What does your CEO think of your marketing team?
If you’re not sure how to respond, you should work on that relationship — especially if you’re the CMO.
Marketers can fall easily into the trap of sticking to traditional roles like advertising and brand development. However, many C-suite executives now see marketing as a critical player in a company’s overall rise and expansion. You should, too.
Consider what CEOs want from marketing before you push back.
- Want to get a CEO on board with a marketing initiative? Prove its ROI and show metrics that will measure its success.
- CMOs need tangible support from engaged CEOs to continue to innovate and improve upon their marketing strategy.
- CEOs are interested in customer experience because it’s now a key differentiator. Thus, CMOs can no longer rely solely on conventional marketing wisdom.
Let’s talk about what CEOs expect from their marketing teams. And what CMOs can do to make that magic happen?
The Disconnect Between CEO Expectations and Marketing Performance
CEOs look at the big picture. Of course, they want marketing teams to focus on driving revenue growth.
However, most CEOs don’t believe their CMOs have the business sense or leadership skills to deliver on this critical goal. According to a Fournaise study, more than 75% of CEOs don’t trust their current CMOs.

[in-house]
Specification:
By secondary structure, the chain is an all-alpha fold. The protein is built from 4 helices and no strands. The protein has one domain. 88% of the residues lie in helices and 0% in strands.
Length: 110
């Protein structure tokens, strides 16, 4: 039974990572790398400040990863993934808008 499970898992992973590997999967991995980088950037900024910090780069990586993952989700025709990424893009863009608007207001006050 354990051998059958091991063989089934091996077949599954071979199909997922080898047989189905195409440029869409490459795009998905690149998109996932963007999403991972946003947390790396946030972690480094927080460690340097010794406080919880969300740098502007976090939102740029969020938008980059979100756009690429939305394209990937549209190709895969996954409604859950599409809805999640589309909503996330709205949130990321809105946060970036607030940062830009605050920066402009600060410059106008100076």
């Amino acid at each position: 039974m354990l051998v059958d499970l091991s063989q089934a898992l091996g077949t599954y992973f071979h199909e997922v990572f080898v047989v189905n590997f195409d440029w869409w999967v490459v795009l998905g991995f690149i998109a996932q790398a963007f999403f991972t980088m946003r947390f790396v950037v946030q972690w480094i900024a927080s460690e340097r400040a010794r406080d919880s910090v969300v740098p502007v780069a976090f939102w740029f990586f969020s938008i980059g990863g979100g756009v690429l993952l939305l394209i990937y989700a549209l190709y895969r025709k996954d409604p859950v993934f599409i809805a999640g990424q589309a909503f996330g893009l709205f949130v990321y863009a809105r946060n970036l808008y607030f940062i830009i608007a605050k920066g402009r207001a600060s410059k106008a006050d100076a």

About the same percentage of CMOs report dissatisfaction with their jobs. Most C-suite marketers believe their skills are underutilized and underestimated. Statistics point to CMOs becoming less influential compared to other C-suite executive positions.
Only 17% of marketing chiefs have work environments that encourage a transformative approach to their job. This allows them to deliver both significant numbers and relevant customer experiences.
What’s at the heart of the massive disconnect? It’s usually a lack of clear communication between results-oriented CEOs and strategy-focused CMOs.
When CEOs misunderstand the evolving role of CMOs, marketing teams can find themselves unaligned with the rest of the company. To be effective, CMOs must walk a fine line between listening to what CEOs want from marketing and giving them what they actually need. It helps to create a planning hierarchy, get buy-in from the CEO, and stick to it at all times.
What CEOs Want from Marketing Departments and CMOs
I always like to talk about how CEOs typically look for what tactical production from CMOs, instead of marketing strategy ideas. CEOs expect marketing to deliver business results. But then they ask us to change the logo color, or put our logo on the side of a bus, a billboard, a sport’s stadium.